Rising Star: Marissa Rodney

Marissa Rodney: “Manners and respect cost nothing”

Meet Syco A&R Marissa Rodney...

How important is an early start for a music career?

“Time is precious – as days go by you’re wasting time that you could be working in music. It takes a while to understand how music works and how it’s set out. Connections are key – you always need to think about expanding your network and allow time for meetings. You never know what one will lead to. No one gets a job instantly in music – you need to work for it and when you finally get that ‘yes’ it’s definitely worth it.”

What’s been the hardest part of your journey so far?

“Most definitely securing an intern role in Sony Music’s A&R team. In addition to this, learning and understanding the process of delivering a record, there are so many different key stages. Your first role or internship in music is always hard too, I actually had my first internship at Music Week while I was at university, it was great experience, but definitely difficult as there’s lots to learn. Music is so tumultuous, and every single day is different – one day you will be feeling like you’re the greatest A&R in the world, and the next something will happen that alters your mindset. Artists nowadays aren’t just about the music, they are a brand. There’s been a huge shift in recent years in ensuring your skills stretch across all departments and that the label works collectively as one.”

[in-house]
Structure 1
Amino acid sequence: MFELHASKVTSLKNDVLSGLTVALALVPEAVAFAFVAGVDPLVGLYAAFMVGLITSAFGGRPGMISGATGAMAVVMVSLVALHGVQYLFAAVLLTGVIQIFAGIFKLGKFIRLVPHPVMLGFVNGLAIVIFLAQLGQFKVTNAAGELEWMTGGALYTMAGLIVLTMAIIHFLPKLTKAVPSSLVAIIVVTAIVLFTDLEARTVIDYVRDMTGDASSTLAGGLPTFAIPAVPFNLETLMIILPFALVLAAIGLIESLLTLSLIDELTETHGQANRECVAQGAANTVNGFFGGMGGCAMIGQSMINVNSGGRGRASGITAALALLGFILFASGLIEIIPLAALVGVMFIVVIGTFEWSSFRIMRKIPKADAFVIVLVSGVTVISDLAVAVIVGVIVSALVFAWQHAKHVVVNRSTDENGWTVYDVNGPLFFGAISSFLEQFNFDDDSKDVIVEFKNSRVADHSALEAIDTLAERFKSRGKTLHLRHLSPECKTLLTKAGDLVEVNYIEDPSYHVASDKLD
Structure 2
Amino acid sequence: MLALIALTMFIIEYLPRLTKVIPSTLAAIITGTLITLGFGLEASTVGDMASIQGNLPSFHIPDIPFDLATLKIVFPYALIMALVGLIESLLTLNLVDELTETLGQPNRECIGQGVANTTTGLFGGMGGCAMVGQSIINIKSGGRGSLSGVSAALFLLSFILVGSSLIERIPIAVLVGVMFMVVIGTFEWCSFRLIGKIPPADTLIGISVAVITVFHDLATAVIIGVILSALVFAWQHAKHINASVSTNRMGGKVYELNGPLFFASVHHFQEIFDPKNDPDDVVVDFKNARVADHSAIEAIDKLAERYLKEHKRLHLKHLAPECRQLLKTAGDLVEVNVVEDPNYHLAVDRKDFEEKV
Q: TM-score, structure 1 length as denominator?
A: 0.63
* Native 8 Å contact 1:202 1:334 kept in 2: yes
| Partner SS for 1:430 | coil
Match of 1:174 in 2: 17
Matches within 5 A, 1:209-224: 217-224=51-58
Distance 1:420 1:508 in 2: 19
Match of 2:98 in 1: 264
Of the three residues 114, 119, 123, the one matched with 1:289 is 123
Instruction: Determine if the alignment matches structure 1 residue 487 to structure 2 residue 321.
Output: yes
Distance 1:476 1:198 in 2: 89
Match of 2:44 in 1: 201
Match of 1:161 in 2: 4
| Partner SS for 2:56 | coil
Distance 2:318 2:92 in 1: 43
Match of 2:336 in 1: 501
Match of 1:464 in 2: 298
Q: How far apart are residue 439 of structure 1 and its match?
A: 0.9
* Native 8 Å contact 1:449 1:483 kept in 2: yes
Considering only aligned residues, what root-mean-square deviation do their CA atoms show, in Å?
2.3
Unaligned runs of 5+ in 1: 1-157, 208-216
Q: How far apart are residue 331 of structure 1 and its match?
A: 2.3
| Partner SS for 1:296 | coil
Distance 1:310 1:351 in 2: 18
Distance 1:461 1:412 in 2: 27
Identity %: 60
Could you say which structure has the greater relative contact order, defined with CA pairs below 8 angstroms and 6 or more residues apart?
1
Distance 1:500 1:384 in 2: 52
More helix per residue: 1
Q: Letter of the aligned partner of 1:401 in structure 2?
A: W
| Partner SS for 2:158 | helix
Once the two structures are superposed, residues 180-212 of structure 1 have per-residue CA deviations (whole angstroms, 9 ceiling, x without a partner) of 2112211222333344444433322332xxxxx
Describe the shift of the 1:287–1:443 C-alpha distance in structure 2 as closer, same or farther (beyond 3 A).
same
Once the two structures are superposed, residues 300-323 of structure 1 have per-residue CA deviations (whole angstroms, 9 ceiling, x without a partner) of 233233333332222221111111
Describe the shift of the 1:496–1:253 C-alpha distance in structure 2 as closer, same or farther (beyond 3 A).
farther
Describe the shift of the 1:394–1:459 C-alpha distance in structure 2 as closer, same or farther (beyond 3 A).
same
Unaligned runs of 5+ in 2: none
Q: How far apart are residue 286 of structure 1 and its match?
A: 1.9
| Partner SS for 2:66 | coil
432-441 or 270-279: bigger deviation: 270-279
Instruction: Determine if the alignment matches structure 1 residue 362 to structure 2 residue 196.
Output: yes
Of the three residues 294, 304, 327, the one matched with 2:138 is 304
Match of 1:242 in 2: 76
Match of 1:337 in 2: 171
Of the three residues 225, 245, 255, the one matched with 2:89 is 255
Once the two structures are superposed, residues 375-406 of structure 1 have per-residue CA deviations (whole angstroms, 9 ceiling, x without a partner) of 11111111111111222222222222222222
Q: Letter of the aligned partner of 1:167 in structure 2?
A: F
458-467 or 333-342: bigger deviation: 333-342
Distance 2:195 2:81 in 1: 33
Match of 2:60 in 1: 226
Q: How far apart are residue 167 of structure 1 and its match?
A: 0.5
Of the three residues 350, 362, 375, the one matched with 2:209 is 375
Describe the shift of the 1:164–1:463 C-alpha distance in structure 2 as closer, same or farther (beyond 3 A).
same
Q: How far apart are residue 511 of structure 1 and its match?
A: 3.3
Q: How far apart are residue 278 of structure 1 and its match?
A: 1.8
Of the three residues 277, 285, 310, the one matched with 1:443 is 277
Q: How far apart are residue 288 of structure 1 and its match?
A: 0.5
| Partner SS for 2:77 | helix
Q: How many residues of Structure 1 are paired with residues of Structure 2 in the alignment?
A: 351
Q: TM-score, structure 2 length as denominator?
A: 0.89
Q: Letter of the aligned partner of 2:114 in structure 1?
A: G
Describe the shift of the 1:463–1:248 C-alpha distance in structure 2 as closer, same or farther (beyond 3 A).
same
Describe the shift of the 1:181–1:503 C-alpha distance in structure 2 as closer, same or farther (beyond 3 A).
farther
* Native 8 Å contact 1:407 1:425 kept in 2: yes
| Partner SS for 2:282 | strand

Music is so tumultuous, and every single day is different

Which aspect of your job do you love the most?

“I love my job! I absolutely love music and being able to listen to it every single day. I’m so lucky to be paid for something I’ve always aspired to do. I love finding new talent and nurturing it. I’ve recognised this as one of my key skills and have started managing an emerging artist. It’s important to take young talent to the next level. You have to understand their aspirations as an artist and with that knowledge you can ensure they are surrounded by the team that’s going to bring the most out in them.”

How would you change the music industry?

“I’d have more females in A&R and in senior positions. However, I do feel like this is changing slightly and that this is an opportunity for young women to be at the forefront of music. It’s really powerful. Additionally, I believe it’s time for the gender pay gap to be eliminated – no one should be paid more or less because of their gender, it should be determined by the skills of the person in that position.”

What’s your No.1 pet peeve?

“Rude people that have no respect and small-minded people. I always ensure that I have time for every single person I meet, manners and respect cost nothing.”


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